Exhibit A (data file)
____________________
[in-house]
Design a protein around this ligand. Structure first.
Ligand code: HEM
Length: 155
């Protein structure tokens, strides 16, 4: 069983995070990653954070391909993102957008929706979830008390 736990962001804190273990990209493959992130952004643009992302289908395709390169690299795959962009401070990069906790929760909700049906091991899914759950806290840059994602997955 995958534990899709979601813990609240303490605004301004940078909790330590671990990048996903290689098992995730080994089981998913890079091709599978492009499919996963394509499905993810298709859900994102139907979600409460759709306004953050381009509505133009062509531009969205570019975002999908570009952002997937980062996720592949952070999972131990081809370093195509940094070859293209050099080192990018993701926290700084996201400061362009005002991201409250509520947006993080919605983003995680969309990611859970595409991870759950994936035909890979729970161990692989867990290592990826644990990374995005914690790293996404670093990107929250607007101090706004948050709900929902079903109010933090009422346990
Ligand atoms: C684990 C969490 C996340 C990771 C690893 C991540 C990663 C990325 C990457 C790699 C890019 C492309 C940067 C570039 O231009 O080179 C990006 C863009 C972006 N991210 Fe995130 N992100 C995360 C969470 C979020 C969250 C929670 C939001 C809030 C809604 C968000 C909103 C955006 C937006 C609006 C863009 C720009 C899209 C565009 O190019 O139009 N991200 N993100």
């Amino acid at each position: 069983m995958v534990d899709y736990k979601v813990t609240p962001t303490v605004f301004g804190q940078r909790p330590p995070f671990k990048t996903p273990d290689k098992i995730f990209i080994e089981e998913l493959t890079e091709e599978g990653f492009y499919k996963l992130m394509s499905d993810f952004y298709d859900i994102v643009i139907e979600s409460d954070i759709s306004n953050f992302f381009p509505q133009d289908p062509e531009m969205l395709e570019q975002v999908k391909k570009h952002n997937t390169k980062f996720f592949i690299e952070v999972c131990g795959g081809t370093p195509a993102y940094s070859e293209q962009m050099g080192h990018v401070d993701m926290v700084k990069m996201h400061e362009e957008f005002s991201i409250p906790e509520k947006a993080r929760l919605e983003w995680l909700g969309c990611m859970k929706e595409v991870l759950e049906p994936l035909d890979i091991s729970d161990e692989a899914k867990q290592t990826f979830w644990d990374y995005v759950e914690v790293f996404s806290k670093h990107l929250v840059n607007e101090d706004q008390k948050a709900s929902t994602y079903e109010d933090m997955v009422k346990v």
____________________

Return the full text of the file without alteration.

[in-house]
Design a protein around this ligand. Structure first.
Ligand code: HEM
Length: 155
């Protein structure tokens, strides 16, 4: 069983995070990653954070391909993102957008929706979830008390 736990962001804190273990990209493959992130952004643009992302289908395709390169690299795959962009401070990069906790929760909700049906091991899914759950806290840059994602997955 995958534990899709979601813990609240303490605004301004940078909790330590671990990048996903290689098992995730080994089981998913890079091709599978492009499919996963394509499905993810298709859900994102139907979600409460759709306004953050381009509505133009062509531009969205570019975002999908570009952002997937980062996720592949952070999972131990081809370093195509940094070859293209050099080192990018993701926290700084996201400061362009005002991201409250509520947006993080919605983003995680969309990611859970595409991870759950994936035909890979729970161990692989867990290592990826644990990374995005914690790293996404670093990107929250607007101090706004948050709900929902079903109010933090009422346990
Ligand atoms: C684990 C969490 C996340 C990771 C690893 C991540 C990663 C990325 C990457 C790699 C890019 C492309 C940067 C570039 O231009 O080179 C990006 C863009 C972006 N991210 Fe995130 N992100 C995360 C969470 C979020 C969250 C929670 C939001 C809030 C809604 C968000 C909103 C955006 C937006 C609006 C863009 C720009 C899209 C565009 O190019 O139009 N991200 N993100």
């Amino acid at each position: 069983m995958v534990d899709y736990k979601v813990t609240p962001t303490v605004f301004g804190q940078r909790p330590p995070f671990k990048t996903p273990d290689k098992i995730f990209i080994e089981e998913l493959t890079e091709e599978g990653f492009y499919k996963l992130m394509s499905d993810f952004y298709d859900i994102v643009i139907e979600s409460d954070i759709s306004n953050f992302f381009p509505q133009d289908p062509e531009m969205l395709e570019q975002v999908k391909k570009h952002n997937t390169k980062f996720f592949i690299e952070v999972c131990g795959g081809t370093p195509a993102y940094s070859e293209q962009m050099g080192h990018v401070d993701m926290v700084k990069m996201h400061e362009e957008f005002s991201i409250p906790e509520k947006a993080r929760l919605e983003w995680l909700g969309c990611m859970k929706e595409v991870l759950e049906p994936l035909d890979i091991s729970d161990e692989a899914k867990q290592t990826f979830w644990d990374y995005v759950e914690v790293f996404s806290k670093h990107l929250v840059n607007e101090d706004q008390k948050a709900s929902t994602y079903e109010d933090m997955v009422k346990v």